The Powwow is a gathering that reinforces the values of working together as a family and bonding as a community. Powwows are places where young people are exposed to the language, values and teachings of the elders and community.

In much of Native American life, the secular and sacred are intertwined: A Powwow is a fun social event and family reunion, while at the same time it provides a setting for spiritual enrichment through traditional rituals and individual reflection as a form of personal expression, cultural identity, physical enjoyment and worship, embodies this duality of purpose at Powwow.

Once the PowWow begins, it is run by the Master of Ceremonies (MC) and Arena Directors. The MCs provide a running commentary of events, announcements, and most importantly background information about the dances, rituals and spirit of the PowWow. The Arena Directors keep the event moving and manage the flow of activity in the arena. At any one time, they may be telling the drums who will play next and what kind of song to have ready, seeing to the accommodations of the judges, or organizing the dancers. It is an extremely active and important job.



People say you can't have a Powwow without a drum, for it carries the heartbeat. It is also felt to carry the heartbeat of Mother Earth, and thus calls the spirits and nations together.  It is said that the drum was brought to the Indian people by a woman, and therefore there is a woman spirit that resides inside the drum. Appropriately, it is to be treated with respect and care, and strict behavior is expected of anyone coming in contact with the drum. The drum is often thought to help bring the physical and mental side of a person back in touch with his or her spiritual or heart side.


















































Ron Davis, a Grass Dancer from the Mille Lacs Band of Ojibwe, says. "You hear a good song, you kind of go to your inner self, into where you had your vision. You go back to the place where you feel comfortable in your own state of mind. And nothing else around you can interrupt that. Lillian Goodeagle, a Dakota/Northern Cheyenne champion Fancy Shawl dancer, explains. "A real good song, it just comes into you. It's like in your heart, and your body, your feet, your legs, your arms--everything--is expressing that song."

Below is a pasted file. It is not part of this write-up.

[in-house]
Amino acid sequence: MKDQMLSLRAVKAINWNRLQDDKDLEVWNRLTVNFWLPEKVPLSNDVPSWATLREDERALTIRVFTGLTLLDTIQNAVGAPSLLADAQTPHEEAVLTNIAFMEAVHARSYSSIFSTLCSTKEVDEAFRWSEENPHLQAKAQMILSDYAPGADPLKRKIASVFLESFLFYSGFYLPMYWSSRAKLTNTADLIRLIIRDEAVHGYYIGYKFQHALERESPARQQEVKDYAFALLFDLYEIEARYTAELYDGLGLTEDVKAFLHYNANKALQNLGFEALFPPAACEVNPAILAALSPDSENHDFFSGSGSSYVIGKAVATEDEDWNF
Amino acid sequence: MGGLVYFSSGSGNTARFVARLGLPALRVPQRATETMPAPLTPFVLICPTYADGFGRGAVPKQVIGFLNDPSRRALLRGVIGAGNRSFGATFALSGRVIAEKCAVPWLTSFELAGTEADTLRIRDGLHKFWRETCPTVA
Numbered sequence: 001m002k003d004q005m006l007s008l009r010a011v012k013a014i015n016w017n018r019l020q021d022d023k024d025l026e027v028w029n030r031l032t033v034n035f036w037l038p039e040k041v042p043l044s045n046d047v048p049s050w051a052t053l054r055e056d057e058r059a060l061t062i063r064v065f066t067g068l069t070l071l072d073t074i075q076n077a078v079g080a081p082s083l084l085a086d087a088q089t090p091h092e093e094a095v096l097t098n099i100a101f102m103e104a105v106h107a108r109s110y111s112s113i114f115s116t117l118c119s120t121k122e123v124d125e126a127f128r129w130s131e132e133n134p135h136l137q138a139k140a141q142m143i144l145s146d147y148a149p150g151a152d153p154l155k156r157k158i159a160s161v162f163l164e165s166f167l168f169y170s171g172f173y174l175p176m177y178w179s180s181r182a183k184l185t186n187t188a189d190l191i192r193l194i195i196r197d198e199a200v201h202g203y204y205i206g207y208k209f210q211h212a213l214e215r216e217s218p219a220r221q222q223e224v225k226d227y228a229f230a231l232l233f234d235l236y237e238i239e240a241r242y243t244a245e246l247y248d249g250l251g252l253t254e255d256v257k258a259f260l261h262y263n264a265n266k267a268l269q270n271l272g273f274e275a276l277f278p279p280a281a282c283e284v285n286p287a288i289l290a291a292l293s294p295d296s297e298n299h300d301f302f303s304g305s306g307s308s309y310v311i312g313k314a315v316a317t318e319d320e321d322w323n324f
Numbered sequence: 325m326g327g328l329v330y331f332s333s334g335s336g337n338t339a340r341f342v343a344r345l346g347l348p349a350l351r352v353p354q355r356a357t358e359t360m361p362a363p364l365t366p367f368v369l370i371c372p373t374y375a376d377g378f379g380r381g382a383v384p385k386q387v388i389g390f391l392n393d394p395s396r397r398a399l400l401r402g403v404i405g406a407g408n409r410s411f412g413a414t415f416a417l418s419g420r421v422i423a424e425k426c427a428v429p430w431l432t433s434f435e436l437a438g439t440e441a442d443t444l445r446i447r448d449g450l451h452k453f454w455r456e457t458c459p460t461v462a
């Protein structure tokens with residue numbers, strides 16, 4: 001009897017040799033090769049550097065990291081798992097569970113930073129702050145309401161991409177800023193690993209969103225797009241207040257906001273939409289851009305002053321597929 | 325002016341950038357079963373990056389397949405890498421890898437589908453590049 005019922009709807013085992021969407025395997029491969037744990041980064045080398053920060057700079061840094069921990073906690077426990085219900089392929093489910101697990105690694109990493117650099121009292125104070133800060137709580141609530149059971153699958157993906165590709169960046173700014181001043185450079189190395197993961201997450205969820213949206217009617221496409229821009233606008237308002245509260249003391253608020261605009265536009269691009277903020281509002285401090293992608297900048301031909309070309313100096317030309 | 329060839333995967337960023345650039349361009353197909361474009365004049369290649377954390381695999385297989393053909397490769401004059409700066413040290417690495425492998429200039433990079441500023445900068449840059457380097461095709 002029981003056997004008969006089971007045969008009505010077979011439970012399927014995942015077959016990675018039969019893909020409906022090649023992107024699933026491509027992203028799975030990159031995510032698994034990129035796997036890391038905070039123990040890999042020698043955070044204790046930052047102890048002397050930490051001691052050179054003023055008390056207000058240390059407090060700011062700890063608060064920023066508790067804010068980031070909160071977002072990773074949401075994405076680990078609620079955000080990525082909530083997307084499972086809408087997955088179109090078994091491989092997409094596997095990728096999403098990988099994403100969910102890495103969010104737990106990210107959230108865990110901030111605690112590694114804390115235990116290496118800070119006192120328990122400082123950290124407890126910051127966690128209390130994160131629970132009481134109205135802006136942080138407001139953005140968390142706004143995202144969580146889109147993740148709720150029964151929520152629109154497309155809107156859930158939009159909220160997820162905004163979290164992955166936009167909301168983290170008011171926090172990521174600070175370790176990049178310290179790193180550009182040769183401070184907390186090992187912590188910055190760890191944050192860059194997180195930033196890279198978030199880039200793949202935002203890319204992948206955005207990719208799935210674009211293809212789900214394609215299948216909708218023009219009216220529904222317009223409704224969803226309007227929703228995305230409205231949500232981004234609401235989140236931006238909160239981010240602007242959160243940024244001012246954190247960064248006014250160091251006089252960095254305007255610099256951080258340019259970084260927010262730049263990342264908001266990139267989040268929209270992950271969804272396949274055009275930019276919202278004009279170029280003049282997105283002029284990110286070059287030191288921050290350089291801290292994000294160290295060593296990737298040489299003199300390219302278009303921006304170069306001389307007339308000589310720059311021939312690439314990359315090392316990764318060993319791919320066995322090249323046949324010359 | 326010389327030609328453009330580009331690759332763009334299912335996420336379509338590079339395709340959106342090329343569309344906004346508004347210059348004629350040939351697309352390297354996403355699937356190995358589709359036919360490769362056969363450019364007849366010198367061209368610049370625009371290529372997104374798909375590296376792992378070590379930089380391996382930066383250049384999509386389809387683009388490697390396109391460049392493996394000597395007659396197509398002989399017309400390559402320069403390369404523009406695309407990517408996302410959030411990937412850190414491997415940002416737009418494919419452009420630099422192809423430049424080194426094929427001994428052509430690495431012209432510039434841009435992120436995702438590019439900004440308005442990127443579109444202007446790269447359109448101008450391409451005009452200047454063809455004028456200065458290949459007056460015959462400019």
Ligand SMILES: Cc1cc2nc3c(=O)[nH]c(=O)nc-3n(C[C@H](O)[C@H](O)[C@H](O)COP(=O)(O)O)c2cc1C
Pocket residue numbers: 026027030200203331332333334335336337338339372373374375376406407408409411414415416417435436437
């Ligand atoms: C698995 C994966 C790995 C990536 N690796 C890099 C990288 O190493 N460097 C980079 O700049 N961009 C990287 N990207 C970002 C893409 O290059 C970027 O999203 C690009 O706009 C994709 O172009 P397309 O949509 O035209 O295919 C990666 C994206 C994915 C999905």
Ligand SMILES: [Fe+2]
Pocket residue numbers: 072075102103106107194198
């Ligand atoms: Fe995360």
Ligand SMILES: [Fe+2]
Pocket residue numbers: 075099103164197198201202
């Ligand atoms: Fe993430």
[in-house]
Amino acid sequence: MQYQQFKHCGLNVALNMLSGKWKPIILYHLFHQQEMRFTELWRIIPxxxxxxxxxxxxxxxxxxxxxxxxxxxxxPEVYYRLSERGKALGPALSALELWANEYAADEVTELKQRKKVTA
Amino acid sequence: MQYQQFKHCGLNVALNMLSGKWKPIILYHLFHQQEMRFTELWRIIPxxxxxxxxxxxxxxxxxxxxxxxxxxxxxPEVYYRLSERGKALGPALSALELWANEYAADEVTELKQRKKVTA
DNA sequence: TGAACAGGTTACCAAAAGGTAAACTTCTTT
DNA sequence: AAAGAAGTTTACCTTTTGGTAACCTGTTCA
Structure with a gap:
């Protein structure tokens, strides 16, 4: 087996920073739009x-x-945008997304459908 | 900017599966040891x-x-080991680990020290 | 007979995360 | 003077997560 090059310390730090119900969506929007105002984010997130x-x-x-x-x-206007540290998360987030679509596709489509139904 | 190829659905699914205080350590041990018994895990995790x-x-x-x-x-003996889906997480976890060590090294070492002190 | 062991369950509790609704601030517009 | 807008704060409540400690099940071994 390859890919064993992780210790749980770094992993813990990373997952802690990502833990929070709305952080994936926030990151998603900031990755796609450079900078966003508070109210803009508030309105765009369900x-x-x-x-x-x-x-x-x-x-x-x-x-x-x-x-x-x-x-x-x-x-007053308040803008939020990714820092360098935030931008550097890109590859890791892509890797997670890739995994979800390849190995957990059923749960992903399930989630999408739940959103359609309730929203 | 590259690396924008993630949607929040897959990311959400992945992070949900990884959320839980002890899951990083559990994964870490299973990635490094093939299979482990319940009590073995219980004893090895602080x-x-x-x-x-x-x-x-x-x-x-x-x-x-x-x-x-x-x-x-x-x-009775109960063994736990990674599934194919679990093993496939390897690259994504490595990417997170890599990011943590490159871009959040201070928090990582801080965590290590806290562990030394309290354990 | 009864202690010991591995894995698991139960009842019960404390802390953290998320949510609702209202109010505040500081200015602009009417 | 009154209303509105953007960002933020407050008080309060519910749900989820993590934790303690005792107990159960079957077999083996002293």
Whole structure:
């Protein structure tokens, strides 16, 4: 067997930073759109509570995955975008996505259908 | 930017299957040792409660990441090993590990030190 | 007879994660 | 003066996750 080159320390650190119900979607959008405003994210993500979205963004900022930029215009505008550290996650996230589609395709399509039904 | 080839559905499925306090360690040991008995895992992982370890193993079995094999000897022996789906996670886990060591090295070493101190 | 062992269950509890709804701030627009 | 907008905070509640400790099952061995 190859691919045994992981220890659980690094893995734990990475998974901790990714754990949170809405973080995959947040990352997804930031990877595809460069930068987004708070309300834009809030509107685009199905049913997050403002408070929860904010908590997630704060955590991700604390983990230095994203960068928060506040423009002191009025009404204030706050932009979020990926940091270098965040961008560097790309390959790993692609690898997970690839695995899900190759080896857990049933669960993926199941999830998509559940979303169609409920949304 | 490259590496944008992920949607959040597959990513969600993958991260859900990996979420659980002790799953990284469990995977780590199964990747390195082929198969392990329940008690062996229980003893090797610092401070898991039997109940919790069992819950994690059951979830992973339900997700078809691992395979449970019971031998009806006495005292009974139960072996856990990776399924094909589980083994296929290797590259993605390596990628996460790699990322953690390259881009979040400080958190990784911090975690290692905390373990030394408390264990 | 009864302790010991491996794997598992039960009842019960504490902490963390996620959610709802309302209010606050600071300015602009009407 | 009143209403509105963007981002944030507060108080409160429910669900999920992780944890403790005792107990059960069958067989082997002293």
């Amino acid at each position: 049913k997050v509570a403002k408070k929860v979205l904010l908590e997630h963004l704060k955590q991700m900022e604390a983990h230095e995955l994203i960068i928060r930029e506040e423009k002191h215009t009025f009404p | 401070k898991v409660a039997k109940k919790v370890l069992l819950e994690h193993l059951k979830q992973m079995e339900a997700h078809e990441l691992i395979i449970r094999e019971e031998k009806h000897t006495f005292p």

The POW-WOW LOGO,  A circular framed net with a hole in the center that is used by some American Indian peoples to help block bad dreams and catch good ones.  In this case - bad words and hurtful language is blocked, while good ones and positive language pass through to the ear.  The multicolored feathers are not LGBTQ rainbow colors, but serve as double entendre - many women, many cultures, various gender identified - united by one dream - a safe place


Hokahey ochiapo, means to give each other strength, to give each other words of encouragement...gratefulness for you to be here, and gratefulness that we met today and talked, and that's what the Powwow's about. And that's exactly what will happen here. We come together Tuesday, and after it's finished we'll be going home in our directions and the Powwow will be finished. And we will go home feeling a different beginning, a different beginning that's happened."